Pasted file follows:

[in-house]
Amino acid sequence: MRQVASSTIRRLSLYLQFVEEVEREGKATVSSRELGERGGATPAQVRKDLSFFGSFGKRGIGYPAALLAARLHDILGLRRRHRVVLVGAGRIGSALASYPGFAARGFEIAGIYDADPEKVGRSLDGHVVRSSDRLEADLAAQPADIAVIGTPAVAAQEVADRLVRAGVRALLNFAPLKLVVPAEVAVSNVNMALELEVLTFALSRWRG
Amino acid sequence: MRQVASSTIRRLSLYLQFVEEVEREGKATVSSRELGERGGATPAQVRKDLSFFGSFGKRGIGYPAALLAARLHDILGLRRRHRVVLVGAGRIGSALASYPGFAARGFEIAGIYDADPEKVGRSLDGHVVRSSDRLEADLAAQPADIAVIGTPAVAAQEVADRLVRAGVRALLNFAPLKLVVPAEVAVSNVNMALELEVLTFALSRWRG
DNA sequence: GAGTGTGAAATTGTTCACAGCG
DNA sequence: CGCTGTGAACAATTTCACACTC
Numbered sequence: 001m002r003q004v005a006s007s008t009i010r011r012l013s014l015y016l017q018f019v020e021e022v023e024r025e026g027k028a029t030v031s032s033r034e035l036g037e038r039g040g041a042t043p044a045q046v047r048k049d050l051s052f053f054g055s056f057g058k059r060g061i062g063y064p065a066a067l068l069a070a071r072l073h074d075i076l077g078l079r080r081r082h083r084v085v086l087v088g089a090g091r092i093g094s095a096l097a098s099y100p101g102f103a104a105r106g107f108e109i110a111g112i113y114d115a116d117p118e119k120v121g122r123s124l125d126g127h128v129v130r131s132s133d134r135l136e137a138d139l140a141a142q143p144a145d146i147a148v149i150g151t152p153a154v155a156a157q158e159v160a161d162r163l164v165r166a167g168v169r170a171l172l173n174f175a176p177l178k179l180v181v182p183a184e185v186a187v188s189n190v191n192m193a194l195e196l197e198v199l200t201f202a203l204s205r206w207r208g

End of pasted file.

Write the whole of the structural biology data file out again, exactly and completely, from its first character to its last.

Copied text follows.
[in-house]
Amino acid sequence: MRQVASSTIRRLSLYLQFVEEVEREGKATVSSRELGERGGATPAQVRKDLSFFGSFGKRGIGYPAALLAARLHDILGLRRRHRVVLVGAGRIGSALASYPGFAARGFEIAGIYDADPEKVGRSLDGHVVRSSDRLEADLAAQPADIAVIGTPAVAAQEVADRLVRAGVRALLNFAPLKLVVPAEVAVSNVNMALELEVLTFALSRWRG
Amino acid sequence: MRQVASSTIRRLSLYLQFVEEVEREGKATVSSRELGERGGATPAQVRKDLSFFGSFGKRGIGYPAALLAARLHDILGLRRRHRVVLVGAGRIGSALASYPGFAARGFEIAGIYDADPEKVGRSLDGHVVRSSDRLEADLAAQPADIAVIGTPAVAAQEVADRLVRAGVRALLNFAPLKLVVPAEVAVSNVNMALELEVLTFALSRWRG
DNA sequence: GAGTGTGAAATTGTTCACAGCG
DNA sequence: CGCTGTGAACAATTTCACACTC
Numbered sequence: 001m002r003q004v005a006s007s008t009i010r011r012l013s014l015y016l017q018f019v020e021e022v023e024r025e026g027k028a029t030v031s032s033r034e035l036g037e038r039g040g041a042t043p044a045q046v047r048k049d050l051s052f053f054g055s056f057g058k059r060g061i062g063y064p065a066a067l068l069a070a071r072l073h074d075i076l077g078l079r080r081r082h083r084v085v086l087v088g089a090g091r092i093g094s095a096l097a098s099y100p101g102f103a104a105r106g107f108e109i110a111g112i113y114d115a116d117p118e119k120v121g122r123s124l125d126g127h128v129v130r131s132s133d134r135l136e137a138d139l140a141a142q143p144a145d146i147a148v149i150g151t152p153a154v155a156a157q158e159v160a161d162r163l164v165r166a167g168v169r170a171l172l173n174f175a176p177l178k179l180v181v182p183a184e185v186a187v188s189n190v191n192m193a194l195e196l197e198v199l200t201f202a203l204s205r206w207r208g